Businesses must report data breaches to authorities within 72 hours if they have an adverse effect on user privacy. Penalties resulting from violations of the GDPR can be quite high. These can be in the order of €20 million in some cases.

The GDPR has become a model for many national laws outside EU. For example, the California Consumer Privacy Act (CCPA), adopted on 28 June 2018, has many similarities with the GDPR.

Data Privacy Legislation Impacts on Australian Businesses

To comply with the APPs, business should, as a minimum:

  • – Train staff on consumer data privacy protection
    • (Note that data breaches resulting from human error accounted for 34% of breaches reported in the first half of 2020 according to the OAIC Notifiable Data Breaches Report, January-June 2020)
  • – Be available, on request, to prove compliance to Australian authorities
  • – Adhere to data security standards and privacy guidelines
  • – Continually review privacy and security policies and business processes to ensure ongoing compliance

In summary, Australian businesses will need to be aware of how consumer data privacy regulations will impact them. Each business will need to consider the scale of consumer data collection, processing and storage and the addressable market (i.e. local or global).

GDPA’s Data Privacy Compliance Solution

The General Data Protection Agency ( offers businesses a solution that includes a suite of resources for managing compliance with privacy regulations. An online hosted privacy policy, with registers for helping businesses manage data breaches and respond to requests by individuals concerning their personal information, comes standard with the service. The service dashboard includes a workflow that enables businesses to execute the necessary steps for achieving and maintaining compliance, such as undertaking cyber security audits, developing cyber security policies and scheduling periodic reviews. The GDPA service is available on a yearly subscription basis.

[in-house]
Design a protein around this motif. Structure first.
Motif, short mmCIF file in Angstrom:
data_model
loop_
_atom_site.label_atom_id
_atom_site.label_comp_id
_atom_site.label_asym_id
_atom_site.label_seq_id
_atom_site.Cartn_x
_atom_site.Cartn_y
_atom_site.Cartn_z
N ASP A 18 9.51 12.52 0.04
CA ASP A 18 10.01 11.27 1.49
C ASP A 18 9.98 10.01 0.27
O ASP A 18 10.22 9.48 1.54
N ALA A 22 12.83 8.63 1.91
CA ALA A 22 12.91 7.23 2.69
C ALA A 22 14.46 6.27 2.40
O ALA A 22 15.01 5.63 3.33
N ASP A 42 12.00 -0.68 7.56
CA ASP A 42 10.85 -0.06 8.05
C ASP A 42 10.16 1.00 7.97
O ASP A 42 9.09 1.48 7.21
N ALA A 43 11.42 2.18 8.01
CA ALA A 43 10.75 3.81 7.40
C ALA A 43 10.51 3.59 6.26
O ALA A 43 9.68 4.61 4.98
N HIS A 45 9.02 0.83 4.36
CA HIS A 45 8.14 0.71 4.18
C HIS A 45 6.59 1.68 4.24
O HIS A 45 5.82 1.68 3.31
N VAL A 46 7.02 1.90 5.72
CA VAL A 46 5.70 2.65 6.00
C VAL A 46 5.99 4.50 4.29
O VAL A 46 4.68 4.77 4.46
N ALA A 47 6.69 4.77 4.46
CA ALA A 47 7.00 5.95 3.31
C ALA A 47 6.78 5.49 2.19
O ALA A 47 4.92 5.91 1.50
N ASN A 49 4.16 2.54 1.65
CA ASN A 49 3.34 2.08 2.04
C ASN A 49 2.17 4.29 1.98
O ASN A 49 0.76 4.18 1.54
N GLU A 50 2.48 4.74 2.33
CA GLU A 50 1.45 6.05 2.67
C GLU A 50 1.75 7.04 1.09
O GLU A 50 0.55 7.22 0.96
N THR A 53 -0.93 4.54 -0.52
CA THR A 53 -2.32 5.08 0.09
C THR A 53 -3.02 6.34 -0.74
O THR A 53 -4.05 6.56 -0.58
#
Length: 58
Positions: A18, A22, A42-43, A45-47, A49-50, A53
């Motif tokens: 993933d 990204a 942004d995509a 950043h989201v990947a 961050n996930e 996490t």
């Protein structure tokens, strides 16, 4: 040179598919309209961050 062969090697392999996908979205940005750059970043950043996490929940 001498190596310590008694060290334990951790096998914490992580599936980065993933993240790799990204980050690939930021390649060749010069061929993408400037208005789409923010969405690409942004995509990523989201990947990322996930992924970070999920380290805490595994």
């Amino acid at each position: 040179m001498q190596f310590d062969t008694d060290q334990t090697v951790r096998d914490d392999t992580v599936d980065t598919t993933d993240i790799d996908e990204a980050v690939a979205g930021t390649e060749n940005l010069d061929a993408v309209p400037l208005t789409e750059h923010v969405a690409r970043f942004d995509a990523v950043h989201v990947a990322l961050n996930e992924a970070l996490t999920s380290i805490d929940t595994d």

About GL ICT Consulting

GL ICT Consulting is a GDPA partner. For more information about GDPA’s data privacy compliance service offering please email us at



Further information on data privacy regulations can be found at the Office of the Australian Information Commissioner (OAIC) site. Some references are provided below:

Australian Privacy Act 1988
Australian Privacy Principles
Australian entities and the EU General Data Protection Regulation (GDPR)
Organisations that have responsibilities under the Privacy Act

Attorney General’s Department

The Australian Government’s review of the Privacy Act 1988, which closed at the end of 2020, can be found at the following link:

Review of the Privacy Act 1988

Department of Home Affairs

The Australian Government recently announced consultation for strengthening the cyber security of Australia’s digital economy, which complements the review of the Privacy Act 1988, can be found at the following link:

Strengthening Australia’s cyber security regulations and incentives